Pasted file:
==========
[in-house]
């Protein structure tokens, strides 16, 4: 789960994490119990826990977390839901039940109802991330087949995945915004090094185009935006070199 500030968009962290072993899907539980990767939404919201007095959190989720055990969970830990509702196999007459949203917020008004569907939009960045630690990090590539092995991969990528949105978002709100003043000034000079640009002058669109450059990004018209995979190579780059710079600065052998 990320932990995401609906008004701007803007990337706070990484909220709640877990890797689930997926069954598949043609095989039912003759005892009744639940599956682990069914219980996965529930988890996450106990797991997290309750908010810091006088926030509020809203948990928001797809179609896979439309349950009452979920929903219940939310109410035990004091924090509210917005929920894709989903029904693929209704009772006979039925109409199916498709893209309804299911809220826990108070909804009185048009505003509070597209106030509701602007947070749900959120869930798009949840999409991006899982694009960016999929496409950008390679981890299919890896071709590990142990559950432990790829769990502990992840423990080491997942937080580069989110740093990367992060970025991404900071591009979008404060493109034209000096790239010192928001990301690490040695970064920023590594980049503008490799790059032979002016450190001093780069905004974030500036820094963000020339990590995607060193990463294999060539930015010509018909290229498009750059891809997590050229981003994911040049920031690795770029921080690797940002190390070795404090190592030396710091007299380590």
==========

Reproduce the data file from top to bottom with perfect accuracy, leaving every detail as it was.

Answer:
[in-house]
């Protein structure tokens, strides 16, 4: 789960994490119990826990977390839901039940109802991330087949995945915004090094185009935006070199 500030968009962290072993899907539980990767939404919201007095959190989720055990969970830990509702196999007459949203917020008004569907939009960045630690990090590539092995991969990528949105978002709100003043000034000079640009002058669109450059990004018209995979190579780059710079600065052998 990320932990995401609906008004701007803007990337706070990484909220709640877990890797689930997926069954598949043609095989039912003759005892009744639940599956682990069914219980996965529930988890996450106990797991997290309750908010810091006088926030509020809203948990928001797809179609896979439309349950009452979920929903219940939310109410035990004091924090509210917005929920894709989903029904693929209704009772006979039925109409199916498709893209309804299911809220826990108070909804009185048009505003509070597209106030509701602007947070749900959120869930798009949840999409991006899982694009960016999929496409950008390679981890299919890896071709590990142990559950432990790829769990502990992840423990080491997942937080580069989110740093990367992060970025991404900071591009979008404060493109034209000096790239010192928001990301690490040695970064920023590594980049503008490799790059032979002016450190001093780069905004974030500036820094963000020339990590995607060193990463294999060539930015010509018909290229498009750059891809997590050229981003994911040049920031690795770029921080690797940002190390070795404090190592030396710091007299380590």